There’s a special election for the state Senate Tuesday in District 16 — which covers Bow, Candia, Hooksett and part of Manchester.
In light of what it describes as “some confusion regarding the use of different forms of identification by voters,” the New Hampshire Attorney General’s office sent a memo this weekend to election workers in that district outlining what kind of documents voters will need at the polls.
The new voter law that elicited the lion’s share of debate during this year’s legislative session, SB3, won’t go into effect until September. That law changes how the state handles proof of domicile — in other words, proof that a voter lives where they’re trying to vote.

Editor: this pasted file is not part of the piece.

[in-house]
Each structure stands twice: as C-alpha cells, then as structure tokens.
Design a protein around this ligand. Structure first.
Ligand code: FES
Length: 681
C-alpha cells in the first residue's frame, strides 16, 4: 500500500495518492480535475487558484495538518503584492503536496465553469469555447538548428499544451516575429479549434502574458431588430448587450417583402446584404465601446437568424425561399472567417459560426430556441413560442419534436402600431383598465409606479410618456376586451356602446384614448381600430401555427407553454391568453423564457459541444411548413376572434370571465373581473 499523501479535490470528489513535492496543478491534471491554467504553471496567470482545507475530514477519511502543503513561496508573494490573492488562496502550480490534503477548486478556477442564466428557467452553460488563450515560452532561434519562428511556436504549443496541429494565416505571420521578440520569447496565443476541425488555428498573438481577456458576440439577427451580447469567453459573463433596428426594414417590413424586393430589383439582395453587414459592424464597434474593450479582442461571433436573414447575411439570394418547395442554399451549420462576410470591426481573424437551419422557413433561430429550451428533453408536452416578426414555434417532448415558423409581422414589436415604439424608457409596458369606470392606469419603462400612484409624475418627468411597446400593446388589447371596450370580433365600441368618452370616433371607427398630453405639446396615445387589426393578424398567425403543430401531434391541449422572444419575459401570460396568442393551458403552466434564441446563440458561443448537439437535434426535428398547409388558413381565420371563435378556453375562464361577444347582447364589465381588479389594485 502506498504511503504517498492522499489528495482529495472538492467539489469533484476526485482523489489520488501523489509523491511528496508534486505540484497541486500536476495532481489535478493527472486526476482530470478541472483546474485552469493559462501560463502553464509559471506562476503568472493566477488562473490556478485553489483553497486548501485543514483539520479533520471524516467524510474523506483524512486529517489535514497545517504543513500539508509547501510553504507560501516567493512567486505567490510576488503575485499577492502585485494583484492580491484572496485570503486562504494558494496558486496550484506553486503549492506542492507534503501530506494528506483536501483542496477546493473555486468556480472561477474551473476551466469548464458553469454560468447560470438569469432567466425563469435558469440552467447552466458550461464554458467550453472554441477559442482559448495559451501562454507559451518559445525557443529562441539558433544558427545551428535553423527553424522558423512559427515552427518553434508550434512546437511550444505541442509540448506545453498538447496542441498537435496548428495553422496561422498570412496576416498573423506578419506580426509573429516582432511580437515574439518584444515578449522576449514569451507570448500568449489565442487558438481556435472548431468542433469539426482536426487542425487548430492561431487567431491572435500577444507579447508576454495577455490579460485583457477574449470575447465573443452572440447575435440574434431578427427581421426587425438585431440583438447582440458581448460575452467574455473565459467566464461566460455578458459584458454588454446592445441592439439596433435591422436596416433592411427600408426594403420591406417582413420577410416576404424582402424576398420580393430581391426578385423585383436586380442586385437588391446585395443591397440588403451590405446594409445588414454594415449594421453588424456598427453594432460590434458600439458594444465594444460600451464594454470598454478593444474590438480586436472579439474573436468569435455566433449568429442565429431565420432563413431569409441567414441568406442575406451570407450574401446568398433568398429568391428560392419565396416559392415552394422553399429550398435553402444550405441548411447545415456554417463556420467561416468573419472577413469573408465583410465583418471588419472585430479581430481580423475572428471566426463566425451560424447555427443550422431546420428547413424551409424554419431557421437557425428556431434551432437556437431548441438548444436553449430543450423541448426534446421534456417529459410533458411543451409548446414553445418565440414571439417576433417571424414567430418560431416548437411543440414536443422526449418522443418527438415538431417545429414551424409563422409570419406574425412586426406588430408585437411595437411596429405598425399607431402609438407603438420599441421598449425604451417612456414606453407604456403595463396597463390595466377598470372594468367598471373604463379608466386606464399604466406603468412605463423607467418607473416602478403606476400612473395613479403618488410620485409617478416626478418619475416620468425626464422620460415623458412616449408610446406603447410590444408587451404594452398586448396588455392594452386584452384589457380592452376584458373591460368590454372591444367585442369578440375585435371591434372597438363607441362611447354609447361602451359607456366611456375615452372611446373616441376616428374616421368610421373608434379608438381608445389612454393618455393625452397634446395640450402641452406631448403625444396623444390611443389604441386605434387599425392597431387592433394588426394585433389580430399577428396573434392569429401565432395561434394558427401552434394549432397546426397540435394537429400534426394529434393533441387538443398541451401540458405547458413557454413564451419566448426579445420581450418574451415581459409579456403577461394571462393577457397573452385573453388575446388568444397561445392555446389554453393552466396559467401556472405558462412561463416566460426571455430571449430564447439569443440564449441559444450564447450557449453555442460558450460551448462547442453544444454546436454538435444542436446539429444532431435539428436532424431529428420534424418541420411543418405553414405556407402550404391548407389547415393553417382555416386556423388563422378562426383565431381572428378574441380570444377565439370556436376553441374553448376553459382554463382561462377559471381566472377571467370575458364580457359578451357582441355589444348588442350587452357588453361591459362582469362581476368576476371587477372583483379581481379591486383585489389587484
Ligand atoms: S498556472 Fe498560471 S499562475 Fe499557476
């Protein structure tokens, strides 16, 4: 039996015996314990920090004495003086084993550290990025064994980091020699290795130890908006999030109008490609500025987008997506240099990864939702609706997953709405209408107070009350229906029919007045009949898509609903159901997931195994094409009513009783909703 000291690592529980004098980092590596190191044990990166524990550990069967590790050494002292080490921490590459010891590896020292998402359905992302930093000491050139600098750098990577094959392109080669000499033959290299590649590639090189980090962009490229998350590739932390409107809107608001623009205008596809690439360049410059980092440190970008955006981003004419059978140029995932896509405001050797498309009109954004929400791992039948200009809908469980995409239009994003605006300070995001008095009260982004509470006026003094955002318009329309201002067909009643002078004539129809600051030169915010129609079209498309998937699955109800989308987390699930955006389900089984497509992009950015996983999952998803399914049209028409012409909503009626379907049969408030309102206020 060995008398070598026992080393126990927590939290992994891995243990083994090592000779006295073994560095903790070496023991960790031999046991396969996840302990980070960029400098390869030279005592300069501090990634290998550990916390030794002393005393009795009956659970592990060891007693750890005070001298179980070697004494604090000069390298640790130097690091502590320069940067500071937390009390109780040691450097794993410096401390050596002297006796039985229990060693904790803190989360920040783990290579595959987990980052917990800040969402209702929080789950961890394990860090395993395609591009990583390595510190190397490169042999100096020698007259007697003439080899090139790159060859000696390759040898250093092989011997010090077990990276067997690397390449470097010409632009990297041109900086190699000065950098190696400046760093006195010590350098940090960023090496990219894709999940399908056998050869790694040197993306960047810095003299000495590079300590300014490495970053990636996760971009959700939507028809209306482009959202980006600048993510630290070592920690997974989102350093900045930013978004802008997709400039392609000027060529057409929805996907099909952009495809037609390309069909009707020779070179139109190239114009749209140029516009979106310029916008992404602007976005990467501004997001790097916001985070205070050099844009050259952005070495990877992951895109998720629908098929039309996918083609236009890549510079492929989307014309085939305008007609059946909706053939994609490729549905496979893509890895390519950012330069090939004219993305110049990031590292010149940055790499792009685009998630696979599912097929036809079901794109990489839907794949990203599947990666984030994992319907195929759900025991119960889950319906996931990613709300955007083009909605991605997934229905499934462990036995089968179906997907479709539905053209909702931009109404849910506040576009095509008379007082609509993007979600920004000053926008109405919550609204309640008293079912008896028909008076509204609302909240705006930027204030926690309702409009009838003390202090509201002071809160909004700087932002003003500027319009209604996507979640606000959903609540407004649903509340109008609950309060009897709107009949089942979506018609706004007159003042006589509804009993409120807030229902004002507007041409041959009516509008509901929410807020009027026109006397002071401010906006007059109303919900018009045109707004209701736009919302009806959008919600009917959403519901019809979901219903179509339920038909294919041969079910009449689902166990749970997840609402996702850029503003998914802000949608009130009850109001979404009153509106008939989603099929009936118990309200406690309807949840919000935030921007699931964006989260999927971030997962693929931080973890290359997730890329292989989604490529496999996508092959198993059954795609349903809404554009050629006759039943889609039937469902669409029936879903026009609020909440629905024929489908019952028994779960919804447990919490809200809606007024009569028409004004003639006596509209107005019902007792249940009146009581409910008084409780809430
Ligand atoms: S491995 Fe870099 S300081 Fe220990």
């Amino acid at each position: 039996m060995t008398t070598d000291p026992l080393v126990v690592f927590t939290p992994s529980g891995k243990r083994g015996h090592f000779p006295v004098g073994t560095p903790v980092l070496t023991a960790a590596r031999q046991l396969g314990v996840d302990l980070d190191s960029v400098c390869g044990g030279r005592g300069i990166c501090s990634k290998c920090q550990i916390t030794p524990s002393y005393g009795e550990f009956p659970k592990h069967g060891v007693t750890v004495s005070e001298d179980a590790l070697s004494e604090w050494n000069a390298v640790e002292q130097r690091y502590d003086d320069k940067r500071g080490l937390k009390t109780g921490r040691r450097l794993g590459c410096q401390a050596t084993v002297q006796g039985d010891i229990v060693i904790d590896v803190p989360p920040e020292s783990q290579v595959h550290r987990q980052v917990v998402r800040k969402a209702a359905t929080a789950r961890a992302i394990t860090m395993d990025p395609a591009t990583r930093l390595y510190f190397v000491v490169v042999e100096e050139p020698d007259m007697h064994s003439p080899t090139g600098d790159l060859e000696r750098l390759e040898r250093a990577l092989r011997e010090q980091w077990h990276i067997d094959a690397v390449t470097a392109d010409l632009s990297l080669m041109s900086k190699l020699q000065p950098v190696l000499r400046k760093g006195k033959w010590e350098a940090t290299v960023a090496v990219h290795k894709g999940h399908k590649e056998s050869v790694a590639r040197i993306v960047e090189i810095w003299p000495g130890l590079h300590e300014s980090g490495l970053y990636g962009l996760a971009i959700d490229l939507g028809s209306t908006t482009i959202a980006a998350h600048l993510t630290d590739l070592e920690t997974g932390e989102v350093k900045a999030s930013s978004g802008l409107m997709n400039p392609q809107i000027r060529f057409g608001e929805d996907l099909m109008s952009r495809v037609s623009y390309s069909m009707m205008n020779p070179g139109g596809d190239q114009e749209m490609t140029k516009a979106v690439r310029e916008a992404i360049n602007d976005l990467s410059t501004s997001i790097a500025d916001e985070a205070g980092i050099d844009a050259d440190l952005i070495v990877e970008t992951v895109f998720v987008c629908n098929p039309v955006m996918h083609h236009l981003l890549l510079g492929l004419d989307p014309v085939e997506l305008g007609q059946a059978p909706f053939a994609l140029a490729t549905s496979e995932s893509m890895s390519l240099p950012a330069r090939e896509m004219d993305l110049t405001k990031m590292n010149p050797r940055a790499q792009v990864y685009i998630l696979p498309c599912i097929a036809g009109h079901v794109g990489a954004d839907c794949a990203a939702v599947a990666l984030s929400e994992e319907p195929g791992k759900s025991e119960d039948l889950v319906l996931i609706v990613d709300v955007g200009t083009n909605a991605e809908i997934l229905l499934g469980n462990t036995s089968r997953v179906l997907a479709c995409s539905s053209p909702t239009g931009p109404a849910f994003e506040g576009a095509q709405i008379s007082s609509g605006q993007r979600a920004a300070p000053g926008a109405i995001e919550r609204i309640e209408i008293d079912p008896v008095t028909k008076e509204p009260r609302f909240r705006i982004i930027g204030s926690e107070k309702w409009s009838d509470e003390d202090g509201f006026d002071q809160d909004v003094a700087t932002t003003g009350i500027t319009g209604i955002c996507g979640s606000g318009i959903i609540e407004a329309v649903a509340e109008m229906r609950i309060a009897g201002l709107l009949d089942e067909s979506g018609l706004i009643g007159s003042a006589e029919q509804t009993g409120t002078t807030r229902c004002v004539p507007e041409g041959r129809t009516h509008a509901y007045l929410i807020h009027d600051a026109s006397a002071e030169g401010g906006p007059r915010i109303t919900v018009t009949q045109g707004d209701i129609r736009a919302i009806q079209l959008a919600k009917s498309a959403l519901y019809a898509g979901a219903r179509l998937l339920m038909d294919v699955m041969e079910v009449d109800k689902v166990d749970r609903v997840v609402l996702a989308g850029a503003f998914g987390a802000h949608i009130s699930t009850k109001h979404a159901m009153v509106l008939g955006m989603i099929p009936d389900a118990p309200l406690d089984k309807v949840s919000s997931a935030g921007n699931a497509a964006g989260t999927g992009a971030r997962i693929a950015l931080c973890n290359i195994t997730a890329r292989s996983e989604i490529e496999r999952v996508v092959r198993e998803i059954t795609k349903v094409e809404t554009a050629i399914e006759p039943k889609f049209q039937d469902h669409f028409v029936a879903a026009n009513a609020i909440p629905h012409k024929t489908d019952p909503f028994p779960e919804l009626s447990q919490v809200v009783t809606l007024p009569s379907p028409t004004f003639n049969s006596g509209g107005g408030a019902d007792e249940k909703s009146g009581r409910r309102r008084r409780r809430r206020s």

But in the meantime, the letter from the attorney general’s office says election workers should still be asking voters to provide another kind of proof – that they are who they say they are – using a photo ID. The state says that could mean a valid driver’s license, a nondriver ID from the DMV, a passport, valid student ID or military ID.
If you are an otherwise eligible New Hampshire voter and just don’t have the right kind of ID with you, you shouldn’t be turned away — instead, you can sign what’s called a “challenged voter affidavit,” confirming your identity.
Any questions? The attorney general’s office will have its Election Day hotline open as voters head to the polls Tuesday.